A Closer Look: CAFC Finds Immersion Photography Claims Are Obvious

A Closer Look: CAFC Finds Immersion Photography Claims Are Obvious

Model of a human brain photographed in an anatomy lab.

Canfield Scientific, Inc v Melanoscan, LLC, (Fed Cir, 2019-1927)

On February 18, 2021 the U.S. Court of Appeals for the Federal Circuit (“CAFC”) released a significant opinion in an appeal brought by Canfield Scientific, Inc. (“Canfield”), overturning a finding of non-obviousness of the U.S. Patent Trial and Appeal Board (“the Board”).

Although unsuccessful before the Board, on appeal Canfield succeeded in its challenge of several key claims of U.S. Patent No. 7,359,748 (“the ‘748 patent”), a patent owned by Melanoscan, LLC (“Melanoscan”). In reversing in part and vacating in part the decision by the Board, the CAFC held that the Board erred in ruling that all the claims of the ‘748 patent were patentable.


The ‘748 patent relates to the detection, diagnosis and treatment of skin cancer as well as other diseases and cosmetic conditions. More specifically, it is a device with an enclosure fitted with cameras and lights arranged to image non-occluded body surfaces to detect health conditions.

Black and white line drawing of an octagonal-shaped device with multiple lights and cameras surrounding a subject.

An embodiment of the disclosed invention in the ‘748 patent wherein the device is in an octagonal shape with lights and cameras surrounding and the subject in the middle.

In challenging the patentability of the ‘748 patent, Canfield filed an inter partes review (“IPR”), a proceeding that allows a party to question the patentability of the claims of a patent after its issuance by the United States Patent and Trademark Office. Canfield petitioned against claims 1-8, 11, 30, 32-34, 46 and 51 of the ‘748 patent, asserting that various combinations of several prior art references would have reasonably suggested the subject matter of the challenged claims, thus rendering them unpatentable for obviousness.

The main reference, “Voigt”, disclosed every limitation with the exception of having the subject placed along a rear wall and having cameras not spaced vertically, laterally and along a center-line. “Hurley” and “Crampton” disclosed open, three-dimensional body imaging systems where the subject was indeed placed in the center. A fourth reference disclosed an imaging system that used many cameras around the subject and a final reference was relevant to the dependent claims.

In its initial decision, the Board found Canfield’s petition to be unpersuasive, holding all of the challenged claims to be patentable. Agreeing with Melanoscan’s expert, the Board reasoned that a person of ordinary skill in the art would not have been motivated to combine the references because the physical structures in Voigt would have blocked the cameras in Hurley. [8]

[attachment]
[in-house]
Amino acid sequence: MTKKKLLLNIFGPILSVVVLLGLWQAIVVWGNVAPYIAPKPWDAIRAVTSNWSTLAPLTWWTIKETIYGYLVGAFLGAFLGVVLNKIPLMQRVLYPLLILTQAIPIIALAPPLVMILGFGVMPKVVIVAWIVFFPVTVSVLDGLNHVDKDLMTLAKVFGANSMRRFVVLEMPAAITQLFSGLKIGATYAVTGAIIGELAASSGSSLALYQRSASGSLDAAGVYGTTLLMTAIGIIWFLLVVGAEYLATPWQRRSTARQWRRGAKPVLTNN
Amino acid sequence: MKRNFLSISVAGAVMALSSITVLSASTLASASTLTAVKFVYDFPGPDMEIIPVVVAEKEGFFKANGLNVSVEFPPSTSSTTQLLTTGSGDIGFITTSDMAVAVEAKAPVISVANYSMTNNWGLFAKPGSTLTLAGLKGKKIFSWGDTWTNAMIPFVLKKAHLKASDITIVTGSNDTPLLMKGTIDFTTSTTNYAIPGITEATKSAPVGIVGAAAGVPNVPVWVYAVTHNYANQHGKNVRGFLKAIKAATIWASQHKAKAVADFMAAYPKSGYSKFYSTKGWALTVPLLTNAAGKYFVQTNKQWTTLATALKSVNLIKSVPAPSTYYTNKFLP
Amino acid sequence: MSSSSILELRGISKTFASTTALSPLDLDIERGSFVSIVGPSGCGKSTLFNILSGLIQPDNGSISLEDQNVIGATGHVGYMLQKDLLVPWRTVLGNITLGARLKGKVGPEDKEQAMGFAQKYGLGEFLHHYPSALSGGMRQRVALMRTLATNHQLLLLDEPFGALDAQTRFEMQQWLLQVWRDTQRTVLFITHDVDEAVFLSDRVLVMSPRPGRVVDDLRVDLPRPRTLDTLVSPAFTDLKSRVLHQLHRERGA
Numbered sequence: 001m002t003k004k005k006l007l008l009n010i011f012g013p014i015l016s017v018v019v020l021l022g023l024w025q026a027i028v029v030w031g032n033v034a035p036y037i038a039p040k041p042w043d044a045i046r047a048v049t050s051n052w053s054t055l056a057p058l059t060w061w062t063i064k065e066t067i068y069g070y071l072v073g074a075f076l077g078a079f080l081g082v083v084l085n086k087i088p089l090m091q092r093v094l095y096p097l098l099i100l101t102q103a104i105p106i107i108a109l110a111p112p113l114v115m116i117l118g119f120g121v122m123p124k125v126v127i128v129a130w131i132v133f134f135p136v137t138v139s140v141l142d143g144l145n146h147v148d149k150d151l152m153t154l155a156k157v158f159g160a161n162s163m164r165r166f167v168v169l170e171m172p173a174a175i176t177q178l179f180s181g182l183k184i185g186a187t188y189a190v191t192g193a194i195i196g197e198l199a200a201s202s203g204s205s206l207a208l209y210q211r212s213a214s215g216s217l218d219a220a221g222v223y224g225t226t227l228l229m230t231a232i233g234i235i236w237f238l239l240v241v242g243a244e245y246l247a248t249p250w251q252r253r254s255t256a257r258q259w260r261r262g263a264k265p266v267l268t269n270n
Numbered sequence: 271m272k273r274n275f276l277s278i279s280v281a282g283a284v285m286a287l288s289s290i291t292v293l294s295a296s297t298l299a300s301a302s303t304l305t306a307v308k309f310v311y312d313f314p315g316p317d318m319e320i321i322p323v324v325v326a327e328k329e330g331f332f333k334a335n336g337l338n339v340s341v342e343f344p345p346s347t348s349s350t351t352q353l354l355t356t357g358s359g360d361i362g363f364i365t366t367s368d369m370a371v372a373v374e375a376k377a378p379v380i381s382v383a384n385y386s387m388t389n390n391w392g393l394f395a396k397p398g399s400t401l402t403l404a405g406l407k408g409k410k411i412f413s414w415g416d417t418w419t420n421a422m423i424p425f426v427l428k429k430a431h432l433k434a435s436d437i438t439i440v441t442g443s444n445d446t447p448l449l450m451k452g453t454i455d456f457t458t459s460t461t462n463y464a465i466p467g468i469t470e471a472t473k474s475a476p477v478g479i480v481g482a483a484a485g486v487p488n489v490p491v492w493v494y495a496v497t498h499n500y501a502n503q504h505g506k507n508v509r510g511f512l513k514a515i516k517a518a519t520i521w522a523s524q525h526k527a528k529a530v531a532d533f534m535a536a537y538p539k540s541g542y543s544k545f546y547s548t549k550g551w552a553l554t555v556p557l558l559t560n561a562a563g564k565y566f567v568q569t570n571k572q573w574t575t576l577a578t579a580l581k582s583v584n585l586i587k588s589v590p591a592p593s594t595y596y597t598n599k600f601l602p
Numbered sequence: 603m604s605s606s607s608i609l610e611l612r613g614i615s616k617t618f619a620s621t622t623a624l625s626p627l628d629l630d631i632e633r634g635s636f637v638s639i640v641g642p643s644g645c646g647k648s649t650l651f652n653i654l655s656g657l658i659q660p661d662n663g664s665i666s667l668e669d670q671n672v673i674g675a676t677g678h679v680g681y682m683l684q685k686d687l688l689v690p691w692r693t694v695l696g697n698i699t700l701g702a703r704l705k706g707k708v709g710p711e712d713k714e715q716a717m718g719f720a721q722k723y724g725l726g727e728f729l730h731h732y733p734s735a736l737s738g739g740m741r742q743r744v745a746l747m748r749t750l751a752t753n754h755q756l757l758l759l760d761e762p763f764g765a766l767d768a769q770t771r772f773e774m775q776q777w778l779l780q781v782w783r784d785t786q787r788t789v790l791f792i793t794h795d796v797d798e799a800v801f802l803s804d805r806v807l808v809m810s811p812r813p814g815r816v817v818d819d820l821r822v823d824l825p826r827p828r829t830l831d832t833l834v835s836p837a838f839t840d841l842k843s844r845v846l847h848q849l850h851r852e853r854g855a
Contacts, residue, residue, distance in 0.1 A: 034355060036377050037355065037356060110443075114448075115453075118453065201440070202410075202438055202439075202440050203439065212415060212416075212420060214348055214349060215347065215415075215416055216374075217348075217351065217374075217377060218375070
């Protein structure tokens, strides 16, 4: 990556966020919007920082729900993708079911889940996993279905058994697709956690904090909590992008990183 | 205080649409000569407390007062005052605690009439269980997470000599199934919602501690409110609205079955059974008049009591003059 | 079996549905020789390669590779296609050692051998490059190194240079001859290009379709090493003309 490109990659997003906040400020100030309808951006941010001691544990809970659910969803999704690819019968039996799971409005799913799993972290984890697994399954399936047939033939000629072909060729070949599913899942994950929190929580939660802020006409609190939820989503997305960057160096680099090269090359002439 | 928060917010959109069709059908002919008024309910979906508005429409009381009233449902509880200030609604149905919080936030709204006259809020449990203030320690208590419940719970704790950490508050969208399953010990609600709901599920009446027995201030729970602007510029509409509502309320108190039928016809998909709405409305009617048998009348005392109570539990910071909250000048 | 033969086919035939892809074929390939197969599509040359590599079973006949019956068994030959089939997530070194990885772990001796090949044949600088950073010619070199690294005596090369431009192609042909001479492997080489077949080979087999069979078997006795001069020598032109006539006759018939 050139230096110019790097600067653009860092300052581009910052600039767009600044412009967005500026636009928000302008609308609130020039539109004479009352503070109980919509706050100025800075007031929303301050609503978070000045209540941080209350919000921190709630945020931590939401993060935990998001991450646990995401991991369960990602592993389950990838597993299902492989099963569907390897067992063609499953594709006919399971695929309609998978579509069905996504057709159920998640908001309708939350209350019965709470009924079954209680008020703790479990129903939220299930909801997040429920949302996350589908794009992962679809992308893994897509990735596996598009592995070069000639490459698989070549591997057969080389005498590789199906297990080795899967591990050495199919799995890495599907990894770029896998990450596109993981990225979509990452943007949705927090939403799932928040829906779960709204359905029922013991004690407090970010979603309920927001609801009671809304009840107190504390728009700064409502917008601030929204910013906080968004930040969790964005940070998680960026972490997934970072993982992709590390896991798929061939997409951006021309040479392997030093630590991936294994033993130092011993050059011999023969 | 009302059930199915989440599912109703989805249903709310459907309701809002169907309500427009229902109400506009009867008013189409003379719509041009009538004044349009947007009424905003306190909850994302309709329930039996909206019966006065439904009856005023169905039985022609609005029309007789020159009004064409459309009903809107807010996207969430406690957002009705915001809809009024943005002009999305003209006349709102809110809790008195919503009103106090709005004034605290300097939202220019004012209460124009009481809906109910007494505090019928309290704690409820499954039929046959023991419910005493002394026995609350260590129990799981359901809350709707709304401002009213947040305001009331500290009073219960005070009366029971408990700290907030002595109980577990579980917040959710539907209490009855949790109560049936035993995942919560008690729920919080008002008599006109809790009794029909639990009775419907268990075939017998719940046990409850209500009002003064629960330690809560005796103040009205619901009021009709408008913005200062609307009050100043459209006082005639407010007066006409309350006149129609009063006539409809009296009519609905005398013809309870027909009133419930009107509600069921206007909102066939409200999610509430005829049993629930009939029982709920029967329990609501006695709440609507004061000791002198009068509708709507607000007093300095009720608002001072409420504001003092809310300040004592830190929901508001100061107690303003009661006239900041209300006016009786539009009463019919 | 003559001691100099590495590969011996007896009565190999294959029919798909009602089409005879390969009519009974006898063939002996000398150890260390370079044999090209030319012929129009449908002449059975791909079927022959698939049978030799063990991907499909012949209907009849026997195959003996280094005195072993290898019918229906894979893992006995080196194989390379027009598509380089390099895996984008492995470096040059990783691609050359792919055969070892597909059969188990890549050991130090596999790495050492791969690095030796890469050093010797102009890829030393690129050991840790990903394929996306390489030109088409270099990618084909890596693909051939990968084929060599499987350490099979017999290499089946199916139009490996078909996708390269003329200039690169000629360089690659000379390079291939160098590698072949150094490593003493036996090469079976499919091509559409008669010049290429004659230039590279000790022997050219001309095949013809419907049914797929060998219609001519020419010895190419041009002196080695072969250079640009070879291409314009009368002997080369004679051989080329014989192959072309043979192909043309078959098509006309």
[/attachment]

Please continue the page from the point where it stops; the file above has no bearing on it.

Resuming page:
On appeal, Canfield had two points of contention. First, that the Board mistakenly refused to consider arguments and evidence that Canfield presented and second, that the Board misapplied the law of obviousness thereby erring in ruling the claims to be patentable [2].

Combination of Known Elements Is Obvious

In further considering Canfield’s evidence and arguments, the CAFC agreed that the combined teachings of the prior art would reasonably have suggested all the elements of the independent claims to a person of ordinary skill in photo imaging.

The CAFC explained that the references show the subject having various placements i.e., against a wall or placed in the middle, and also show cameras laterally and vertically spaced to each other on a center-line [14]. Citing the U.S. Supreme Court decision of KSR Int’l Co v Teleflex, the CAFC relied on the principle that “the combination of familiar elements according to known methods is likely to be obvious when it does no more than yield predictable results” [14].

As such, it was held that the subject matter described in independent claims 1 and 51 would have been obvious to a person of ordinary skill in the art. The CAFC did not rule on the challenged dependant claims, thereby remanding the case back to the Board for further proceedings.


This decision demonstrates an example of when the court will render the claims of a patent obvious for simply combining familiar elements and is a win for Canfield in its ongoing patent dispute with Melanoscan over melanoma screening technology.

Importantly, these proceedings are also a reminder to patent litigants that that all arguments and evidence presented before the Board should be considered in obviousness determinations.

For more information on obtaining IP protection for your assets, please contact a professional at PCK Intellectual Property.

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